Voice of the Civil Rights Movement
For more than 70 years, singer and Birmingham native Cleopatra “Cleo” Kennedy has used her voice not only to entertain and inspire audiences, but also to move them to fight for freedom, justice and racial equality.
Kennedy is the former backup singer for gospel artists such as James Cleveland and Dorothy Love Coates, as well as rock, pop, and soul singers such as Bruce Springsteen, Diana Ross, Ray Charles, and James Brown, to name a few. But she says she got her start as a child singing in church.
“I was brought up in the church and they would have me sing songs,” she says. “I even remember them standing me up in a chair so the people could hear me sing.”
One of her earliest memories was when at age four, her mother took her to Pizitz department store in downtown Birmingham at Christmas. The store had a special promotion offering children a chance to obtain a recording of themselves singing. Kennedy says she sang the gospel tune, “I’m Bound for Higher Ground.”
I was never afraid to get up and sing.
“I was never afraid to get up and sing,” she recalls. “My mom used to take me to church, and they would clap, and it just stayed in my spirit. I loved it, and it became one of my favorite things to do.”
But Black people like Kennedy and her parents and three siblings lived under the heavy weight of Jim Crow laws that prohibited Blacks from sharing public accommodations with whites. Places such as movie theatres, buses, trains, restaurants, hotels, public restrooms, and water fountains were marked either “Whites only” or “Colored.”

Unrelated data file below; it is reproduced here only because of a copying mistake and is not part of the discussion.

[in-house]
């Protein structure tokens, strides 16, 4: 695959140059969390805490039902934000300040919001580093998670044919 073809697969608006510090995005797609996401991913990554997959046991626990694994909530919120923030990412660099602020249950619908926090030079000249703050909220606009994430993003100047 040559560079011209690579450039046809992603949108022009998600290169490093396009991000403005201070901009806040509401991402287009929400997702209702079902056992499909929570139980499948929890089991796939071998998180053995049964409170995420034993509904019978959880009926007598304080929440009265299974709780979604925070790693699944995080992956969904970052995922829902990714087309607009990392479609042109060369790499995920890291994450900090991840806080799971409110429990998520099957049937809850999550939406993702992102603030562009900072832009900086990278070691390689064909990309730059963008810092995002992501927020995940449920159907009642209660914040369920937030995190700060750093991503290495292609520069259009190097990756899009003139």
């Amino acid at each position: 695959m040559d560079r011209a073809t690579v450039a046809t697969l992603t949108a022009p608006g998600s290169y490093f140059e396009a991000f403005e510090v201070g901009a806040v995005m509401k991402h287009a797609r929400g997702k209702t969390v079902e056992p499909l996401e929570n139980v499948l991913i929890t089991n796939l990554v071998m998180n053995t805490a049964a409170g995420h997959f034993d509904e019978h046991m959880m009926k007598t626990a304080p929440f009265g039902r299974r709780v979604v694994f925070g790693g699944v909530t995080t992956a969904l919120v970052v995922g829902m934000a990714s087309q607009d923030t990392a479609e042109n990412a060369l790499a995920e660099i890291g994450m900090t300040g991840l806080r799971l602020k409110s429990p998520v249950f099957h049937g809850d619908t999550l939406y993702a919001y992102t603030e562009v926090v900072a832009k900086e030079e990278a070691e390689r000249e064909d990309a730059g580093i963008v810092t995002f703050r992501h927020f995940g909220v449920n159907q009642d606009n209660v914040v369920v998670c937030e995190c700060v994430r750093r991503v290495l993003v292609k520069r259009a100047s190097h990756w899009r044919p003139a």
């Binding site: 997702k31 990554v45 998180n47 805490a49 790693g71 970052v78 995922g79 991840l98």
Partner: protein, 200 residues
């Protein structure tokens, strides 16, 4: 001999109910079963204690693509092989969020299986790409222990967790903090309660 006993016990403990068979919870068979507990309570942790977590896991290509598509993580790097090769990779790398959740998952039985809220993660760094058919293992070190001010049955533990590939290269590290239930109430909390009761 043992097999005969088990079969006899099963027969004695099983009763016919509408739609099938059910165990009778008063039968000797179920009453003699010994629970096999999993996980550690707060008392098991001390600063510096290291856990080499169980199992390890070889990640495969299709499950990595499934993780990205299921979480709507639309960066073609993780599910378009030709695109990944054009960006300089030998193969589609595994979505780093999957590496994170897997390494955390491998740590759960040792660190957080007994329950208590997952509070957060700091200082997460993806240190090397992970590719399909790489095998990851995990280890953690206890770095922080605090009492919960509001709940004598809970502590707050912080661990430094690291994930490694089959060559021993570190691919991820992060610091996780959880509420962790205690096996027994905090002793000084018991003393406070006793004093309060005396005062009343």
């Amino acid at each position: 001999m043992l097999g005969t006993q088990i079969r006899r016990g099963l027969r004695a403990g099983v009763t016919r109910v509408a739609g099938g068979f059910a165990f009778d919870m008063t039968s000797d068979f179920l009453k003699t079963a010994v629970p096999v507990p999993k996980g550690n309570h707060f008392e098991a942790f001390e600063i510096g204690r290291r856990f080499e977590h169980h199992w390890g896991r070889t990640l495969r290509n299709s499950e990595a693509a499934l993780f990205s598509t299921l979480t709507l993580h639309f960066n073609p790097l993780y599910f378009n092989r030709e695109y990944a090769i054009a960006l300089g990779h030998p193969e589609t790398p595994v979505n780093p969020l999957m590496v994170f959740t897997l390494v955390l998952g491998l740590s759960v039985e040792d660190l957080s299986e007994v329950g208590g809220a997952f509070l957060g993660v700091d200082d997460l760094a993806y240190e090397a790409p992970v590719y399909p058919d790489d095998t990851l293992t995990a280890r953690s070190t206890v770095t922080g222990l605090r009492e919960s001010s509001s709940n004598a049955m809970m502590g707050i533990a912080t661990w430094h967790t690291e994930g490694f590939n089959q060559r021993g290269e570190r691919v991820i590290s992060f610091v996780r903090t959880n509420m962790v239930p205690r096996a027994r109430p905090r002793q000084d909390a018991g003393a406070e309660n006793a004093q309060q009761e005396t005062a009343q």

Meanwhile, as the Black civil rights movement began heating up, one activist, the Rev. Fred Shuttlesworth, founded the Alabama Christian Movement for Human Rights (ACMHR) in 1956, after the state outlawed the National Association for the Advancement of Colored People (NAACP) from operating in Alabama. The ACMHR held mass meetings to inspire people to join the protest movement against racial segregation.
Kennedy (sitting on her father’s lap) with her parents and siblings.
In 1959, Shuttlesworth came up with the idea of forming a gospel choir that could help stir up audiences at the ACMHR mass meetings. So he called on fellow activists Mamie Brown Mason and Nims Gay to organize what would become the ACMHR Choir, with Nathaniel Lee as its musician. A year later, when Lee left the group, the choir recruited a young college student named Carlton Reese to take over as the musician.
“I knew a lot of the people who sang in the ACMHR Choir before I joined,” Kennedy says. “The ACMHR had mass meetings every Monday night, and I started going to them.”
Before long, Kennedy, a 13-year-old soprano, joined the choir herself.
Music helped to draw people to the mass meetings because they wanted to hear the choir.
“Music helped to draw people to the mass meetings because they wanted to hear the choir,” she says. “Then they would hear the preacher. Then they wanted to hear Martin Luther King speak.”
Kennedy became a popular soloist in the ACMHR Choir, she says, often called upon to sing before or after King delivered a speech to the crowd. A favorite song, she says, was “A City Called Heaven.”
“I sang that song all the time,” she says. “I sang other songs, but that was the one they used to love to hear me sing all the time.”
She describes Reese as a talented choir director and musician with a knack for choosing the songs that would fit the mood and message of each mass meeting. “He was awesome,” she says. “He was a good musician. He could sing. He could teach music and everything.”
Kennedy after a Bruce Springsteen concert in New York City; she sang backup for Springsteen and other artists such as Diane Ross, Ray Charles, James Brown, and many more.